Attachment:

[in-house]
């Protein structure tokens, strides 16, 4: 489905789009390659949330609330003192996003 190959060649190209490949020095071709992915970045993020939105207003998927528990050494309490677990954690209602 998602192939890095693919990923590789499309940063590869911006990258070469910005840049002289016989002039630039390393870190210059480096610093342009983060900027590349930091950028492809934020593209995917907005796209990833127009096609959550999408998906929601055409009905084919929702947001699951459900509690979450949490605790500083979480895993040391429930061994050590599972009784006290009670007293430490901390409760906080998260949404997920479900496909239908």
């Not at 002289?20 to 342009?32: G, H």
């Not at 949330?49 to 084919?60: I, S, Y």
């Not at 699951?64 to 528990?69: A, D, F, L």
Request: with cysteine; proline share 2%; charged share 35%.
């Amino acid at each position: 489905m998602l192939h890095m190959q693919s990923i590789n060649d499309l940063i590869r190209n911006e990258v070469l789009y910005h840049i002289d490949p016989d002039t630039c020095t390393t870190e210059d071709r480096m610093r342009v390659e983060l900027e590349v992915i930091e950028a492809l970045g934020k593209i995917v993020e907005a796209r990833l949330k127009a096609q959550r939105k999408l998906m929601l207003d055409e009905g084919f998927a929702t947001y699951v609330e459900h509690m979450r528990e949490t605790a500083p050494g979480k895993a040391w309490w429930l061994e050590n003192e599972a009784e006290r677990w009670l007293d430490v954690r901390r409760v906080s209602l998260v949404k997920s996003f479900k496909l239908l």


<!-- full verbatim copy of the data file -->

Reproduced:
[in-house]
């Protein structure tokens, strides 16, 4: 489905789009390659949330609330003192996003 190959060649190209490949020095071709992915970045993020939105207003998927528990050494309490677990954690209602 998602192939890095693919990923590789499309940063590869911006990258070469910005840049002289016989002039630039390393870190210059480096610093342009983060900027590349930091950028492809934020593209995917907005796209990833127009096609959550999408998906929601055409009905084919929702947001699951459900509690979450949490605790500083979480895993040391429930061994050590599972009784006290009670007293430490901390409760906080998260949404997920479900496909239908």
């Not at 002289?20 to 342009?32: G, H």
């Not at 949330?49 to 084919?60: I, S, Y």
């Not at 699951?64 to 528990?69: A, D, F, L």
Request: with cysteine; proline share 2%; charged share 35%.
């Amino acid at each position: 489905m998602l192939h890095m190959q693919s990923i590789n060649d499309l940063i590869r190209n911006e990258v070469l789009y910005h840049i002289d490949p016989d002039t630039c020095t390393t870190e210059d071709r480096m610093r342009v390659e983060l900027e590349v992915i930091e950028a492809l970045g934020k593209i995917v993020e907005a796209r990833l949330k127009a096609q959550r939105k999408l998906m929601l207003d055409e009905g084919f998927a929702t947001y699951v609330e459900h509690m979450r528990e949490t605790a500083p050494g979480k895993a040391w309490w429930l061994e050590n003192e599972a009784e006290r677990w009670l007293d430490v954690r901390r409760v906080s209602l998260v949404k997920s996003f479900k496909l239908l």